Abstract: 1,4-Dioxane is a contaminant of emerging concern that has been commonly detected in groundwater. In this study, a stable and robust 1,4-dioxane degrading enrichment culture was obtained from uncontaminated soil. The enrichment was capable to metabolically degrade 1,4-dioxane at both high (100 mg L−1) and environmentally relevant concentrations (300 μg L−1), with a maximum specific 1,4-dioxane degradation rate (qmax) of 0.044 ± 0.001 mg dioxane h−1 mg protein−1, and 1,4-dioxane half-velocity constant (Ks) of 25 ± 1.6 mg L−1. The microbial community structure analysis suggested Pseudonocardia species, which utilize the dioxane monooxygenase for metabolic 1,4-dioxane biodegradation, were the main functional species for 1,4-dioxane degradation. The enrichment culture can adapt to both acidic (pH 5.5) and alkaline (pH 8) conditions and can recover degradation from low temperature (10°C) and anoxic (DO < 0.5 mg L−1) conditions. 1,4-Dioxane degradation of the enrichment culture was reversibly inhibited by TCE with concentrations higher than 5 mg L−1 and was completely inhibited by the presence of 1,1-DCE as low as 1 mg L−1. Collectively, these results demonstrated indigenous stable and robust 1,4-dioxane degrading enrichment culture can be obtained from uncontaminated sources and can be a potential candidate for 1,4-dioxane bioaugmentation at environmentally relevant conditions. Key points: •1,4-Dioxane degrading enrichment was obtained from uncontaminated soil. • The enrichment culture could degrade 1,4-dioxane to below 10 μg L−1. •Low Ksand low cell yield of the enrichment benefit its application in bioremediation.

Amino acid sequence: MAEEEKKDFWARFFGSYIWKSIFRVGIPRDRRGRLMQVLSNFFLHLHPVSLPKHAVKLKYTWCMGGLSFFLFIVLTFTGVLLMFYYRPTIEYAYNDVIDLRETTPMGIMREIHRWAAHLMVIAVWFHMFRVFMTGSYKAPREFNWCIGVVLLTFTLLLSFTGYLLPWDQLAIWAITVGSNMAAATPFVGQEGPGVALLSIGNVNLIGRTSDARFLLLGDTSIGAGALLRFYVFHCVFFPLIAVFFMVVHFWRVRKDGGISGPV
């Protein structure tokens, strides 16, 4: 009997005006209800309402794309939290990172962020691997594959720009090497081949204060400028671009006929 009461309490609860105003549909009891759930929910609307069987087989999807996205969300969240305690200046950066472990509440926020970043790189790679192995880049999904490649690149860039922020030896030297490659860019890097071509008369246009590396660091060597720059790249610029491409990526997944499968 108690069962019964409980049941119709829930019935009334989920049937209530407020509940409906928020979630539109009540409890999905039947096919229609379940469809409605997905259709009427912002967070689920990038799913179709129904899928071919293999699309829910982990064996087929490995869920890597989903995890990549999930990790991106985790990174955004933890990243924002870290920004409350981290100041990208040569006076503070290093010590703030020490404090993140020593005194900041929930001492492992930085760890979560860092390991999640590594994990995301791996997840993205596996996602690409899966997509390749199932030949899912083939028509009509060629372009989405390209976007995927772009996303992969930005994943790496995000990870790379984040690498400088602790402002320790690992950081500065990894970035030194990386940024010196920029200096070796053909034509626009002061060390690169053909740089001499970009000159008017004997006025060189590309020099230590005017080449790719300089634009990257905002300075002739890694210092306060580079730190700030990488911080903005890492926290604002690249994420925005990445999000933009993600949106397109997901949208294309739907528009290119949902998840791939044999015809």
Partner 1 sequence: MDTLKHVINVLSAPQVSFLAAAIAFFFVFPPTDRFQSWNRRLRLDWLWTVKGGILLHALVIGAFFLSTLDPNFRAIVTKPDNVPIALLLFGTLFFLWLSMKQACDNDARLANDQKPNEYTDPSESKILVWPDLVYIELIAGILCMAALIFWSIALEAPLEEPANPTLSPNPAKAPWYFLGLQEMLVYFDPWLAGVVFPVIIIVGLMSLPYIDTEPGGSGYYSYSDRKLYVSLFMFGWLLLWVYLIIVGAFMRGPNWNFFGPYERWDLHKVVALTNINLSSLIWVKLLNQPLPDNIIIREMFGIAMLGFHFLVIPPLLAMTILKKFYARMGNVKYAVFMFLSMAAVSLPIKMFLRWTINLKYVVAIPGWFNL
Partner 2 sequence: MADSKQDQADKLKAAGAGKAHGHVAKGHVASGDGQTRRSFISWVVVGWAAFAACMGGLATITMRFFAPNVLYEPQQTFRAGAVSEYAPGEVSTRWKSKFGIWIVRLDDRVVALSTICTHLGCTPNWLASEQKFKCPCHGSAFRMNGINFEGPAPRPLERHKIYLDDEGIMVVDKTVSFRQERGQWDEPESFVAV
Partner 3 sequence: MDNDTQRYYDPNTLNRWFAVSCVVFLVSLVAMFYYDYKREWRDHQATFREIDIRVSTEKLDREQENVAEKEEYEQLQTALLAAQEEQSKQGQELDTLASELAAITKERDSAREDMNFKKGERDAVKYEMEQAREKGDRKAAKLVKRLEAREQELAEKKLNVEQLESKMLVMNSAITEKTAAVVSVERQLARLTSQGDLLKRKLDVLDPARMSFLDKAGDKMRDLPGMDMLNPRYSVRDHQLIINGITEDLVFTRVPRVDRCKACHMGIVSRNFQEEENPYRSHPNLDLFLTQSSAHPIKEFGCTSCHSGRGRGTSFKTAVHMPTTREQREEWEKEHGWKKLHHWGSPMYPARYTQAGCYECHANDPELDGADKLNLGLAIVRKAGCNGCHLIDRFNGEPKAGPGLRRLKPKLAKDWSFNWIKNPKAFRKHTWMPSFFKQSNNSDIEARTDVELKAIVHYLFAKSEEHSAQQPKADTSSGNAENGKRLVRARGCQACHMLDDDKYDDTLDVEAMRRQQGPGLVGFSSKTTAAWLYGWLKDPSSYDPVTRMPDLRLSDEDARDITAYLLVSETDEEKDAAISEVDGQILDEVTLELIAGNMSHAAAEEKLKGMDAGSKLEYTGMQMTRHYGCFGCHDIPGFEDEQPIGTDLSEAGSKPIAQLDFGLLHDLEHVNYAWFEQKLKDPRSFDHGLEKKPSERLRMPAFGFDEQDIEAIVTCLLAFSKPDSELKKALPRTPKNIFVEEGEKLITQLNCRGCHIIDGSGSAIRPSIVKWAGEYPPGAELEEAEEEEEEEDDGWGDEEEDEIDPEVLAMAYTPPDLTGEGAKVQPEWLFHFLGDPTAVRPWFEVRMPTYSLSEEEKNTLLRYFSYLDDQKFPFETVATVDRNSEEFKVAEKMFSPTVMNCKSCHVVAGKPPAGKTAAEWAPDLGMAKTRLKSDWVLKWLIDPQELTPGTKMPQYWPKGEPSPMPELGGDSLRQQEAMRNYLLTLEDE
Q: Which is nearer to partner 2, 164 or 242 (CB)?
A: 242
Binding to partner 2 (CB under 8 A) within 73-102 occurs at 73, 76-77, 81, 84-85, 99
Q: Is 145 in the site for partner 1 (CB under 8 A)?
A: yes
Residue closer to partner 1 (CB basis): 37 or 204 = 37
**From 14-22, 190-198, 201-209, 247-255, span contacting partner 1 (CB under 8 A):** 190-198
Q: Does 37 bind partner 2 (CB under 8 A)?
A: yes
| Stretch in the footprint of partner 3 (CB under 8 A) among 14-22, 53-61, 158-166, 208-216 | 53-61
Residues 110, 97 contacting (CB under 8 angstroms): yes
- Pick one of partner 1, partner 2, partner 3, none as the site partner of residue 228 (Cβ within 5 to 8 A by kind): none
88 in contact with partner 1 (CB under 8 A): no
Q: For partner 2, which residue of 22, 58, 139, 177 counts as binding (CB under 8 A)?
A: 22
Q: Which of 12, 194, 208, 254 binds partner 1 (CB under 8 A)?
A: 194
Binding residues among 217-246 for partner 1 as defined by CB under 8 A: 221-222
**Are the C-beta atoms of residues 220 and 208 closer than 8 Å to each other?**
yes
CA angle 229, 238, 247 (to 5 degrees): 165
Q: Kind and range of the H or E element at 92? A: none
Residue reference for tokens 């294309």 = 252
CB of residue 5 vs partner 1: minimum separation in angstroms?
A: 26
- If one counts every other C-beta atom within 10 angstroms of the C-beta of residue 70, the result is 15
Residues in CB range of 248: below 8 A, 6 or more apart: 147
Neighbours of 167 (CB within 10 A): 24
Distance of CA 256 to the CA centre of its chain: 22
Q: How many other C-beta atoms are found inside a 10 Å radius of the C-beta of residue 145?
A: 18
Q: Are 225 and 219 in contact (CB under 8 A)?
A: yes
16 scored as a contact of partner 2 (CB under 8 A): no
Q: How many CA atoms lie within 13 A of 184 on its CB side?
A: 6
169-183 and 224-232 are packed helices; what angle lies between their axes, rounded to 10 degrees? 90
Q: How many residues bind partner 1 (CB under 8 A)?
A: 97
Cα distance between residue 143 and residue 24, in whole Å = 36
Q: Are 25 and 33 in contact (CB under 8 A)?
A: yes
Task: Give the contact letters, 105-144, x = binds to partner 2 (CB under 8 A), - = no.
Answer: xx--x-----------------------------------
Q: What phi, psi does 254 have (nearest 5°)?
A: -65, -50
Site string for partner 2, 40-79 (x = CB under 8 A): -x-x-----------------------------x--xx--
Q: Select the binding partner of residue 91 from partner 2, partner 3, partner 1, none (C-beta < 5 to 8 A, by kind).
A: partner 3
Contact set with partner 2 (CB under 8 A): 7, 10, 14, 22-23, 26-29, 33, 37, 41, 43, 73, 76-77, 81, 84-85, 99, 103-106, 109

All Science Journal Classification (ASJC) codes
- Applied Microbiology and Biotechnology
- Co-contaminant inhibition
- Dioxane monooxygenase
- Metabolic biodegradation